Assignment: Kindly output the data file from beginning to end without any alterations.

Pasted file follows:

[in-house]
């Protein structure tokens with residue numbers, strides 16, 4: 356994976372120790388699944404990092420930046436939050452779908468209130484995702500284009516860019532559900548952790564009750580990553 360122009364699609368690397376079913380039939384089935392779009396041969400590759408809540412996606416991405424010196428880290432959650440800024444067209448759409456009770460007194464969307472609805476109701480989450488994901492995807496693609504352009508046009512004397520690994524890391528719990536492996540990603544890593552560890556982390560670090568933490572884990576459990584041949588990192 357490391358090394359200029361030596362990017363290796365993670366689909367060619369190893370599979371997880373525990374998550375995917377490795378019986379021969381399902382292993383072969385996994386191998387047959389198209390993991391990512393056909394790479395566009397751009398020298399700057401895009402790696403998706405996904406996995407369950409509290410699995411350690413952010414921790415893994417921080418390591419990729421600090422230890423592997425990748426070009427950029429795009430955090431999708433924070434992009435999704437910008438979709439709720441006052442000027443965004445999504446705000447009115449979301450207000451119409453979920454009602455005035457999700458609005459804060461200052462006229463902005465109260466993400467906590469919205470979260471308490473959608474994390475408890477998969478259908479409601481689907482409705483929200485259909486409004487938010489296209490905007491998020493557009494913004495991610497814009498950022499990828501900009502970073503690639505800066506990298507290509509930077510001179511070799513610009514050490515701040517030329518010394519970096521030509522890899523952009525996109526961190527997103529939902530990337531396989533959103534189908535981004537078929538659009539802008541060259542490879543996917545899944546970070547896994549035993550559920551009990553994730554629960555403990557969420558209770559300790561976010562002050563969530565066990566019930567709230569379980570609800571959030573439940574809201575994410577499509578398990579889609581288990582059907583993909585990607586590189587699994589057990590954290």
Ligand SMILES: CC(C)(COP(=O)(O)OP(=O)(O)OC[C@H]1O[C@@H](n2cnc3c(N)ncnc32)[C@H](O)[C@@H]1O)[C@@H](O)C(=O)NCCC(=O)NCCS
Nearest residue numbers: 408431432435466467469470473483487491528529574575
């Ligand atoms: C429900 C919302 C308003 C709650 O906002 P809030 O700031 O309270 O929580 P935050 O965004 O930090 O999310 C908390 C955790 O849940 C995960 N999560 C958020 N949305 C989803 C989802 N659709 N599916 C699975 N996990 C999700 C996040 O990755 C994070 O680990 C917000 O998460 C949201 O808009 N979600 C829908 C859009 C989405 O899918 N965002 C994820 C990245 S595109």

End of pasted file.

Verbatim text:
[in-house]
């Protein structure tokens with residue numbers, strides 16, 4: 356994976372120790388699944404990092420930046436939050452779908468209130484995702500284009516860019532559900548952790564009750580990553 360122009364699609368690397376079913380039939384089935392779009396041969400590759408809540412996606416991405424010196428880290432959650440800024444067209448759409456009770460007194464969307472609805476109701480989450488994901492995807496693609504352009508046009512004397520690994524890391528719990536492996540990603544890593552560890556982390560670090568933490572884990576459990584041949588990192 357490391358090394359200029361030596362990017363290796365993670366689909367060619369190893370599979371997880373525990374998550375995917377490795378019986379021969381399902382292993383072969385996994386191998387047959389198209390993991391990512393056909394790479395566009397751009398020298399700057401895009402790696403998706405996904406996995407369950409509290410699995411350690413952010414921790415893994417921080418390591419990729421600090422230890423592997425990748426070009427950029429795009430955090431999708433924070434992009435999704437910008438979709439709720441006052442000027443965004445999504446705000447009115449979301450207000451119409453979920454009602455005035457999700458609005459804060461200052462006229463902005465109260466993400467906590469919205470979260471308490473959608474994390475408890477998969478259908479409601481689907482409705483929200485259909486409004487938010489296209490905007491998020493557009494913004495991610497814009498950022499990828501900009502970073503690639505800066506990298507290509509930077510001179511070799513610009514050490515701040517030329518010394519970096521030509522890899523952009525996109526961190527997103529939902530990337531396989533959103534189908535981004537078929538659009539802008541060259542490879543996917545899944546970070547896994549035993550559920551009990553994730554629960555403990557969420558209770559300790561976010562002050563969530565066990566019930567709230569379980570609800571959030573439940574809201575994410577499509578398990579889609581288990582059907583993909585990607586590189587699994589057990590954290």
Ligand SMILES: CC(C)(COP(=O)(O)OP(=O)(O)OC[C@H]1O[C@@H](n2cnc3c(N)ncnc32)[C@H](O)[C@@H]1O)[C@@H](O)C(=O)NCCC(=O)NCCS
Nearest residue numbers: 408431432435466467469470473483487491528529574575
């Ligand atoms: C429900 C919302 C308003 C709650 O906002 P809030 O700031 O309270 O929580 P935050 O965004 O930090 O999310 C908390 C955790 O849940 C995960 N999560 C958020 N949305 C989803 C989802 N659709 N599916 C699975 N996990 C999700 C996040 O990755 C994070 O680990 C917000 O998460 C949201 O808009 N979600 C829908 C859009 C989405 O899918 N965002 C994820 C990245 S595109």